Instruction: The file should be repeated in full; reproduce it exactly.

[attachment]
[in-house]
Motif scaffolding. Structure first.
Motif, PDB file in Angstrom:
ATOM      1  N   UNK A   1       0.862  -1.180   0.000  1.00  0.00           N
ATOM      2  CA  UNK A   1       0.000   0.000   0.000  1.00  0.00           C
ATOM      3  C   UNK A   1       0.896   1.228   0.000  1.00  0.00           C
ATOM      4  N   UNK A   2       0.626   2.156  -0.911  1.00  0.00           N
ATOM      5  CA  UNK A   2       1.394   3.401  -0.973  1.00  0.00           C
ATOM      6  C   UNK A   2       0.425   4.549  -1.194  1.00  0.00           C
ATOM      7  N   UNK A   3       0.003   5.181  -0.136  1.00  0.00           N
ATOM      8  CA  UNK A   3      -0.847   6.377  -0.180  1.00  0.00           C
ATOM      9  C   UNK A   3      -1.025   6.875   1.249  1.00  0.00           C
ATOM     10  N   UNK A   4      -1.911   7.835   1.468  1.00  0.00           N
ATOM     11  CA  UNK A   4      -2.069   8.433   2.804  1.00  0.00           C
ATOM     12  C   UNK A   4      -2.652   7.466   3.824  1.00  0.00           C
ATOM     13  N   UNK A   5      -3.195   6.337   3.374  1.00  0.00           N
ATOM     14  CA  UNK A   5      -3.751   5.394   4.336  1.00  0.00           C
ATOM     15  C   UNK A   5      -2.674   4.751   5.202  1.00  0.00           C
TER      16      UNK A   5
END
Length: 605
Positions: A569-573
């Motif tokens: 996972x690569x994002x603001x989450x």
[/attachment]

[in-house]
Motif scaffolding. Structure first.
Motif, PDB file in Angstrom:
ATOM      1  N   UNK A   1       0.862  -1.180   0.000  1.00  0.00           N
ATOM      2  CA  UNK A   1       0.000   0.000   0.000  1.00  0.00           C
ATOM      3  C   UNK A   1       0.896   1.228   0.000  1.00  0.00           C
ATOM      4  N   UNK A   2       0.626   2.156  -0.911  1.00  0.00           N
ATOM      5  CA  UNK A   2       1.394   3.401  -0.973  1.00  0.00           C
ATOM      6  C   UNK A   2       0.425   4.549  -1.194  1.00  0.00           C
ATOM      7  N   UNK A   3       0.003   5.181  -0.136  1.00  0.00           N
ATOM      8  CA  UNK A   3      -0.847   6.377  -0.180  1.00  0.00           C
ATOM      9  C   UNK A   3      -1.025   6.875   1.249  1.00  0.00           C
ATOM     10  N   UNK A   4      -1.911   7.835   1.468  1.00  0.00           N
ATOM     11  CA  UNK A   4      -2.069   8.433   2.804  1.00  0.00           C
ATOM     12  C   UNK A   4      -2.652   7.466   3.824  1.00  0.00           C
ATOM     13  N   UNK A   5      -3.195   6.337   3.374  1.00  0.00           N
ATOM     14  CA  UNK A   5      -3.751   5.394   4.336  1.00  0.00           C
ATOM     15  C   UNK A   5      -2.674   4.751   5.202  1.00  0.00           C
TER      16      UNK A   5
END
Length: 605
Positions: A569-573
């Motif tokens: 996972x690569x994002x603001x989450x």